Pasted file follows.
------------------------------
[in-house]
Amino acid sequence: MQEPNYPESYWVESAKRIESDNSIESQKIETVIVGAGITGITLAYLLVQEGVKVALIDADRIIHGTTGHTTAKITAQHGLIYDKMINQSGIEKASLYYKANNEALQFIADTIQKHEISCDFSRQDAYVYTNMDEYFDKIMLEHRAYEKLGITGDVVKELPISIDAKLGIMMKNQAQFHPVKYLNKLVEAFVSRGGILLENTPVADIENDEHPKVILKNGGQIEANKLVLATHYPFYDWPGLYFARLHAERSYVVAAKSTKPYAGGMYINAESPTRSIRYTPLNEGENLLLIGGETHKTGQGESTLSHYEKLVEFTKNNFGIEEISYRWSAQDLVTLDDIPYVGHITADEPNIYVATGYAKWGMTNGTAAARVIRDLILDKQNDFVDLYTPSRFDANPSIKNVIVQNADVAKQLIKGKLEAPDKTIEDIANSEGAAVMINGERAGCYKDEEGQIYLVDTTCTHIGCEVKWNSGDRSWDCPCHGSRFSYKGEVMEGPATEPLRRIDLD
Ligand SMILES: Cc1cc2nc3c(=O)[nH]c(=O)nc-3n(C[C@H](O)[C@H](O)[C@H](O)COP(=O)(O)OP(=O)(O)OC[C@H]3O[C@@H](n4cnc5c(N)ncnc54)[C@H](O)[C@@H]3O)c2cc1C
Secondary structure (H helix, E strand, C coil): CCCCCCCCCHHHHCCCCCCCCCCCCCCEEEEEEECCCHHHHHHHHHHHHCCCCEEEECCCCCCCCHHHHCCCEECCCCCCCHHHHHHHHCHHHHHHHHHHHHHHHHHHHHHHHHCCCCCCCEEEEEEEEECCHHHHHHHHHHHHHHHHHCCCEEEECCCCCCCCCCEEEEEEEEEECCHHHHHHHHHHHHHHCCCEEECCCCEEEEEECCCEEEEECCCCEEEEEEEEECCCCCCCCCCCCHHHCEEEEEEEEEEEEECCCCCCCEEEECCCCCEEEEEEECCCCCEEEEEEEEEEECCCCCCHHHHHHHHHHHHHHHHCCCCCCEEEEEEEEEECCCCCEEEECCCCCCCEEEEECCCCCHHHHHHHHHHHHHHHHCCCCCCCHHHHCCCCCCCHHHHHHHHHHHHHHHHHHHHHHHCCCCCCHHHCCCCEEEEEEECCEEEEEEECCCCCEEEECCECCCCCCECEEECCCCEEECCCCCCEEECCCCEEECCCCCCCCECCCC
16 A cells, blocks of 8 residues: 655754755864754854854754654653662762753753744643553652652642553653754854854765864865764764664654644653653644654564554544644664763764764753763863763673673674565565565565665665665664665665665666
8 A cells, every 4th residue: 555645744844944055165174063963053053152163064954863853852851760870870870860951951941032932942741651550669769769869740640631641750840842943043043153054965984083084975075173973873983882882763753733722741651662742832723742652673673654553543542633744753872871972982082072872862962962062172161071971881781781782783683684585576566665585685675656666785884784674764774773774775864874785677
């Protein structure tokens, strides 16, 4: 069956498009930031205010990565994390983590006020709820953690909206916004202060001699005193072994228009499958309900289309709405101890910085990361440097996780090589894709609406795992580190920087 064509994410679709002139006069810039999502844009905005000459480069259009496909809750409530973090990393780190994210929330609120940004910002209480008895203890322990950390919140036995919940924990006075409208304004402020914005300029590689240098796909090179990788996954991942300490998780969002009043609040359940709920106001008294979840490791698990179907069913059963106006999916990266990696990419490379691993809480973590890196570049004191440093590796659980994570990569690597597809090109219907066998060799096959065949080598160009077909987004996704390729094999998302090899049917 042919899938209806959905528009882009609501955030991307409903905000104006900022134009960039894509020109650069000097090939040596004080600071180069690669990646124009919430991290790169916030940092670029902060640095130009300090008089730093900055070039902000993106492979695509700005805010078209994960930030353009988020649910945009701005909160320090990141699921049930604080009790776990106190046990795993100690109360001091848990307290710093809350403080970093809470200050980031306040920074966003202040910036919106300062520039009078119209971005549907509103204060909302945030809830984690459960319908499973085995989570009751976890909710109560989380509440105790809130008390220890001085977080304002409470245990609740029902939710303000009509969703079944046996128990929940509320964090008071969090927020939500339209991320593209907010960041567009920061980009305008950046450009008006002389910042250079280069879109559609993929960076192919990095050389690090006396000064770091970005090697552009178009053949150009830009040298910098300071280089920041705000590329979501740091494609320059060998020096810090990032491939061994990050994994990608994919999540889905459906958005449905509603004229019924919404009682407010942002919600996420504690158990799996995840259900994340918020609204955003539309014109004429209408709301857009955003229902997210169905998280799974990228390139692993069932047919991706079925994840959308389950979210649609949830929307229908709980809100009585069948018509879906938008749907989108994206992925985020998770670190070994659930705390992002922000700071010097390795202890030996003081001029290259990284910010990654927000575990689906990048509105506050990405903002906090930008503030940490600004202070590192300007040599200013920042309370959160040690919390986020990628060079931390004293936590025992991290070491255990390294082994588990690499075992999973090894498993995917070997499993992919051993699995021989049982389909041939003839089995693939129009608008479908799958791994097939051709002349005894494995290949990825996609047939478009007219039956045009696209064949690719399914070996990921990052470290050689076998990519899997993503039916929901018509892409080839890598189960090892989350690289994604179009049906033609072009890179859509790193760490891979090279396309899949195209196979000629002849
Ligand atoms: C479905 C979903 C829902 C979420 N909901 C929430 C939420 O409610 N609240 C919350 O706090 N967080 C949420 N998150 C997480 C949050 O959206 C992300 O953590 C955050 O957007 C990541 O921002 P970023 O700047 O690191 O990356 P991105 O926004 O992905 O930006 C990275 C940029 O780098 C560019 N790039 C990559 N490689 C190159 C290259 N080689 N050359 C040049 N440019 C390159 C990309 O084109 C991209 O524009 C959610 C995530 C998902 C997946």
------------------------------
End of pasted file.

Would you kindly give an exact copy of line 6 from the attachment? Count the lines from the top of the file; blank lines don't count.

8 A cells, every 4th residue: 555645744844944055165174063963053053152163064954863853852851760870870870860951951941032932942741651550669769769869740640631641750840842943043043153054965984083084975075173973873983882882763753733722741651662742832723742652673673654553543542633744753872871972982082072872862962962062172161071971881781781782783683684585576566665585685675656666785884784674764774773774775864874785677